This post in no way is supposed to indicate a dissatisfaction with the current game being played Friday nights. But I constantly read new things.
For those of you who don’t know Mouseguard is keen. It is a comic series written and drawn by David Petersen about the adventures of mice. The Mouseguard is an organization that protects other mice – guiding them on dangerous journeys, fending of predators and generally being knights. Mice (and their foes weasels) are anthropomorphic. The rest of the animals are normal. The mice face danger on all sides as they are potential prey to almost everything else out there. The Mouseguard wears colored cloaks and carries swords and staves.
The first series showcased the Mouseguard fighting against sakes, crabs and eventually a betrayal of one of their own and an entire army raised up against them. They experienced loss, humiliation and fear. But they also displayed wisdom, courage and expertise at the martial arts. It was pretty awesome and had great, great art.
There have been three more series that follow: Winter 1152, The Black Axe and Legends of the Mouse Guard.
Mouse Guard uses five interacting mechanics:
- target numbers from 1 to 6. Each point in skill (1-5) allows one die roll. 1-3 is a failure, 4-6 a success.
- roleplaying benefits: Fate points (which cause sixes to explode ala WEG Star Wars) and Persona points which allow extra dice. They are earned by roleplaying your traits, goals, instinct and belief. These descriptors are a lot like Fate system aspects.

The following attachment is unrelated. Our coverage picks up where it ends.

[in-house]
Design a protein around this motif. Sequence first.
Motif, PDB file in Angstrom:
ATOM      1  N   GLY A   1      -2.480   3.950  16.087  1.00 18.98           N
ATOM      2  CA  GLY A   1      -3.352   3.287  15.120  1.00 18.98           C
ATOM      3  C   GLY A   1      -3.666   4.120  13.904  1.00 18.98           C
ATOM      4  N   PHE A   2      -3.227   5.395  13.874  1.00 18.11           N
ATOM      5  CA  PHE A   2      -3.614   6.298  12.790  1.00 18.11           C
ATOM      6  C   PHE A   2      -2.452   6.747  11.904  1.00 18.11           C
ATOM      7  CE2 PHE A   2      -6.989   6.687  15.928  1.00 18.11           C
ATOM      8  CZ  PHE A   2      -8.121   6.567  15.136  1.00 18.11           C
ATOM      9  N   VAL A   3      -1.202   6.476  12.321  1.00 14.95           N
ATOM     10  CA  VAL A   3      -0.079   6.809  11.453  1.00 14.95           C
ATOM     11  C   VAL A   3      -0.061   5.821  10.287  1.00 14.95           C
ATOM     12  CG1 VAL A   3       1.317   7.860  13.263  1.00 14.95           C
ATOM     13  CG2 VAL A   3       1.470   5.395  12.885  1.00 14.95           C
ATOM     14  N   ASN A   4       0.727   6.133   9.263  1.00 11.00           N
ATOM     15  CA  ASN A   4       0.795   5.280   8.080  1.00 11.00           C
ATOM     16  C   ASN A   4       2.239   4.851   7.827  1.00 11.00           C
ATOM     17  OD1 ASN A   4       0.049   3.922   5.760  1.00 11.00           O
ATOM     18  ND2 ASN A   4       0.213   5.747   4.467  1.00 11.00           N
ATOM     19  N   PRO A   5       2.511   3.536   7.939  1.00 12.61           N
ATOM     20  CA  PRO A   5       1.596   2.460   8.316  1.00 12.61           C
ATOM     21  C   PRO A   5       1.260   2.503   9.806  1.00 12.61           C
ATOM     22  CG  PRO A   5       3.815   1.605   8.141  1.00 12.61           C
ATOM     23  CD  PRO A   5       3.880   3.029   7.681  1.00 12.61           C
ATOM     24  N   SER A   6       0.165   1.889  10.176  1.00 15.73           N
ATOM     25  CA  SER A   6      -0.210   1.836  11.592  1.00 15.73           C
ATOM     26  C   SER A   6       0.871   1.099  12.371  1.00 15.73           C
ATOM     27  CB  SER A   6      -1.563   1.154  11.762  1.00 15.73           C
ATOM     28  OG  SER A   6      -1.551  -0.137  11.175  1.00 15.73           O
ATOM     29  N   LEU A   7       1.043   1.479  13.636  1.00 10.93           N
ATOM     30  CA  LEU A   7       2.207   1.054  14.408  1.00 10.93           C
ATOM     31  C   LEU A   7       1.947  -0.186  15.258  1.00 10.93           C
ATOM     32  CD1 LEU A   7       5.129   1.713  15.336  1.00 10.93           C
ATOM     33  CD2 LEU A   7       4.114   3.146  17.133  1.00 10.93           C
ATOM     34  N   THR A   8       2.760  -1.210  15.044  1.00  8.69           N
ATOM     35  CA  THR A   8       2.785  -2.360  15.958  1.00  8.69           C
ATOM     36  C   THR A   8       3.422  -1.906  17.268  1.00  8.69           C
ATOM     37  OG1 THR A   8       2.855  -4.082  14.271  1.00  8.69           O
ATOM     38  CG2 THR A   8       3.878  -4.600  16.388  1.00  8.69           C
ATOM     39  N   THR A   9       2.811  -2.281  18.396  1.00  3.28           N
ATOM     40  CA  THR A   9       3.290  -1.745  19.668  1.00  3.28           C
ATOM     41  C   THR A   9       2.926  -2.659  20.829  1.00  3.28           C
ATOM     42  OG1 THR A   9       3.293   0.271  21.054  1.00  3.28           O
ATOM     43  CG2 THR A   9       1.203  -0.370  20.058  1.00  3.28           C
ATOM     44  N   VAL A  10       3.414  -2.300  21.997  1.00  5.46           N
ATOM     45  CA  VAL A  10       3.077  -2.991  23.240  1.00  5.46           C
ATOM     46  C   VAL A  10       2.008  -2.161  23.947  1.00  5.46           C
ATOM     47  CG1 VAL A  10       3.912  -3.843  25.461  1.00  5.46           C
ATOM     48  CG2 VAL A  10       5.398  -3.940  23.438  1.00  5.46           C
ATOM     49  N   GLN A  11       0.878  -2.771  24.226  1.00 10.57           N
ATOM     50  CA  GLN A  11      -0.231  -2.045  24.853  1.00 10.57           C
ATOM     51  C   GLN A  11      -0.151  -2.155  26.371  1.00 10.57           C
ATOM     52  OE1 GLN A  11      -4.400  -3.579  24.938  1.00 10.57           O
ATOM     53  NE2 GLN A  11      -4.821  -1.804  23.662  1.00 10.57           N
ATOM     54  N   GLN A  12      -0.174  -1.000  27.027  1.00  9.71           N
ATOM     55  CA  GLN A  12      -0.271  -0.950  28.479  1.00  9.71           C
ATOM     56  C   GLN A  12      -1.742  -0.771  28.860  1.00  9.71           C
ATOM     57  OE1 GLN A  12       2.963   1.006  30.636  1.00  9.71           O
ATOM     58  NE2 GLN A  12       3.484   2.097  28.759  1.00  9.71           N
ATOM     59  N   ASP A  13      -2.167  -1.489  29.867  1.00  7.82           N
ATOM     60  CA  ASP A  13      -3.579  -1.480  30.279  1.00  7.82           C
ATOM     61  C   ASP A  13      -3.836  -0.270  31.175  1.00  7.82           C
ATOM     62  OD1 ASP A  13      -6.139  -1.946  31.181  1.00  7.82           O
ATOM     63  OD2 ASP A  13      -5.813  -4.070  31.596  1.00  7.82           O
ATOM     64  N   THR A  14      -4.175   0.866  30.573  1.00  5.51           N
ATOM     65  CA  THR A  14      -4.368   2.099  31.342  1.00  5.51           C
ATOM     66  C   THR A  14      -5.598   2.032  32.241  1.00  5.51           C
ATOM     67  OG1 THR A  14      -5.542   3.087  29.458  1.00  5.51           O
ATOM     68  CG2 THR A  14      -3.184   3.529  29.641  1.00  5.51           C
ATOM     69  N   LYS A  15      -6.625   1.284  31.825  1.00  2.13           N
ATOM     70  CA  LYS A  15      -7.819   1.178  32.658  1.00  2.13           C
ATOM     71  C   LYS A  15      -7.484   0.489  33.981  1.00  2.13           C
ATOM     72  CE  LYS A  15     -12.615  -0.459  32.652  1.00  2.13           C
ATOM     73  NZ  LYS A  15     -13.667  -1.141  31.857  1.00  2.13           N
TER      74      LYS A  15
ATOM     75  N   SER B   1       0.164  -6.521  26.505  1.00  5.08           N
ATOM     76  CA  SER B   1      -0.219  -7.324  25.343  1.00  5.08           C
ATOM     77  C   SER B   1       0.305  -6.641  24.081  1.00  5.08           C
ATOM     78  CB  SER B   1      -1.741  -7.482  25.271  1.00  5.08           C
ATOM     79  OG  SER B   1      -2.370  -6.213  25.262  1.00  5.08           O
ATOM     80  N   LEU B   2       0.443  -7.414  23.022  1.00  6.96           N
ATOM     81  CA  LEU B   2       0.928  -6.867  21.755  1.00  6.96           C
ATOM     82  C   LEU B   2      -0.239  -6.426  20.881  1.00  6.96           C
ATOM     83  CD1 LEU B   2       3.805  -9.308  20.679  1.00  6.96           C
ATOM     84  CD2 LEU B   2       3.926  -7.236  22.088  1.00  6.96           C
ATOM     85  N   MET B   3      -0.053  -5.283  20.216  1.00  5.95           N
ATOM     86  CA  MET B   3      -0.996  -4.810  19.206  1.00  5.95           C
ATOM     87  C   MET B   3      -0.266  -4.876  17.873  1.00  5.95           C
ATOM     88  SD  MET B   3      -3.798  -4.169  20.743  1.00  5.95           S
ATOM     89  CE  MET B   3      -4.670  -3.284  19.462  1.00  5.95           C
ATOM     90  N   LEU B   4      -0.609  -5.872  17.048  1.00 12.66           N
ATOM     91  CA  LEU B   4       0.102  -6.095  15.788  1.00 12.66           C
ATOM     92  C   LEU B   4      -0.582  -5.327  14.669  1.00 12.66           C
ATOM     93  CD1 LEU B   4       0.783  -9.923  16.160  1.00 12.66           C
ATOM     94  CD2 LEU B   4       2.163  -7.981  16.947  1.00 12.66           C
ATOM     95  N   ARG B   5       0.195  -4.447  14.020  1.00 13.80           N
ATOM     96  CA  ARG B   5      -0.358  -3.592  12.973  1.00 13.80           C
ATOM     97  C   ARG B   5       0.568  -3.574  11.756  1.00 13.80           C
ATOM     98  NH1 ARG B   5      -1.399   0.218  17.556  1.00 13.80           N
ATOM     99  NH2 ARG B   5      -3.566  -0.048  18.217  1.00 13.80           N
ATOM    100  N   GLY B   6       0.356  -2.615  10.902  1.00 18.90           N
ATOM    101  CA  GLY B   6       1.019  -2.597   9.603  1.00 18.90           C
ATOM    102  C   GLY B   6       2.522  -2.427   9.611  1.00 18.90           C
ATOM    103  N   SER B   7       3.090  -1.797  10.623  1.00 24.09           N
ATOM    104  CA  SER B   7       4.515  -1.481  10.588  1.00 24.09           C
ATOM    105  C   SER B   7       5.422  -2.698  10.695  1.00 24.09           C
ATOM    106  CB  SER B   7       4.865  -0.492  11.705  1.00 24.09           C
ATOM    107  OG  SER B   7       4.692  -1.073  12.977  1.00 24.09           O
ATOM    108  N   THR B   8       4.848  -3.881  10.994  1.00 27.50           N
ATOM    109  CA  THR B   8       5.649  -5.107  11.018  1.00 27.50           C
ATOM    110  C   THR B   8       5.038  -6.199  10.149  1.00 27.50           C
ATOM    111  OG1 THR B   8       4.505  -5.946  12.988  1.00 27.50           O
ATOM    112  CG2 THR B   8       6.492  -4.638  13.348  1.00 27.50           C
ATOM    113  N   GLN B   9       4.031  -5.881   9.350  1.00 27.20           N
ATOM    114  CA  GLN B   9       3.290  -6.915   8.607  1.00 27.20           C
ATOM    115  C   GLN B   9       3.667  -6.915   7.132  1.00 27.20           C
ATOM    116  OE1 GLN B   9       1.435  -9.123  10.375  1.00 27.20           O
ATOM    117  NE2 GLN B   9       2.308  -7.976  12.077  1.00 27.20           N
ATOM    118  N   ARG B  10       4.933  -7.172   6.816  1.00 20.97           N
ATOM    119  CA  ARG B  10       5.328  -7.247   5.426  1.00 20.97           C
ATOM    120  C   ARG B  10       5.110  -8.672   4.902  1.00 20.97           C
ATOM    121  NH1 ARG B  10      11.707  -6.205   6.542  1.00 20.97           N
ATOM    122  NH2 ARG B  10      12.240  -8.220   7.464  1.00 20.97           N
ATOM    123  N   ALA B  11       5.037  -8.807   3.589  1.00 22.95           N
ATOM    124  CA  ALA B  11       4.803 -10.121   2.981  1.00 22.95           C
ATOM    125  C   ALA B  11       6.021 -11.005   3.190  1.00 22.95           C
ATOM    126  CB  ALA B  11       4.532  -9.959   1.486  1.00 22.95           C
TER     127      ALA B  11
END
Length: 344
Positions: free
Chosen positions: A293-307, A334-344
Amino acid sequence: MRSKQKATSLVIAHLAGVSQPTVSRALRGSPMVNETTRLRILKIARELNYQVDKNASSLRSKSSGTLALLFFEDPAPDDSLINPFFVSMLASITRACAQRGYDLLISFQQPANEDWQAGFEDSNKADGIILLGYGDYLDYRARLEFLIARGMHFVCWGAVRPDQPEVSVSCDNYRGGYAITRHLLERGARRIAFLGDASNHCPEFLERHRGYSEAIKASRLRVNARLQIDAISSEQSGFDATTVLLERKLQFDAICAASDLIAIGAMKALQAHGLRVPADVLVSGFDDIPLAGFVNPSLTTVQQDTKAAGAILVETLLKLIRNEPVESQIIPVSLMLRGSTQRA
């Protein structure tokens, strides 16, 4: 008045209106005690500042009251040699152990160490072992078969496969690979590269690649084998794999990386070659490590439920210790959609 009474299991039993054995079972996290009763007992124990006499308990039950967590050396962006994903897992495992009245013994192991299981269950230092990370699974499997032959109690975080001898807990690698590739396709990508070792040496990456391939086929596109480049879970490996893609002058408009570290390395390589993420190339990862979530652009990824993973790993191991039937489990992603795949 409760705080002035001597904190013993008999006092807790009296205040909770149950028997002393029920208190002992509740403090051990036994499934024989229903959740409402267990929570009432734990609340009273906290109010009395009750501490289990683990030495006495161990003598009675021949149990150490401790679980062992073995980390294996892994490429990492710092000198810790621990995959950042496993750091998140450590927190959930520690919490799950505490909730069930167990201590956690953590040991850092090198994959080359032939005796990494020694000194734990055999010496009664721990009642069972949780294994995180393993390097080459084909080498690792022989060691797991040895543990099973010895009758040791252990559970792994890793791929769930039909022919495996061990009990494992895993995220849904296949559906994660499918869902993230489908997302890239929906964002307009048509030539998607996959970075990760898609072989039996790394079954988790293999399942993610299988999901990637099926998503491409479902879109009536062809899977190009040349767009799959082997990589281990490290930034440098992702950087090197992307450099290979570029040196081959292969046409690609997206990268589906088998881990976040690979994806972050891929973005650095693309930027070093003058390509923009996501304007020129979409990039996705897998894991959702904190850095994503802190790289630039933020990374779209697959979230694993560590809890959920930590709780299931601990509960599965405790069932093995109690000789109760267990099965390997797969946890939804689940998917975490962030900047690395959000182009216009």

- Skills (24 skills) and abilities (3 abilities) similar to the D&D skills and attributes.
- A streamlined combat system that mixes narrative decisions with tactical modifiers.
- bonuses to rolls or successes from helping, gear, environmental benefits (like weather) and your traits.
- Six wound conditions (as opposed to hit points)
- And a different narrative framework where the first half of each session is DM driven and that second half is player driven.
The book is evenly split between establishing the setting (territories, Mouse Guard background, roles, etc., foes and the weather and seasons) and the rules. While not as whimsical as the Dresden rules the presentation is still very entertaining to read.
Like Dresden, Mouse guard stakes a middle ground between a tactical system like D&D and a narrative system like Esoterrorists (although Esoterrorists was still on the crunchy side of narrative games).
It seems to be a very workable and playable system. It isn’t a perfect fit for our group – I think the setting would be a hard sell and the lack of magical elements removes a potent hook for character creation.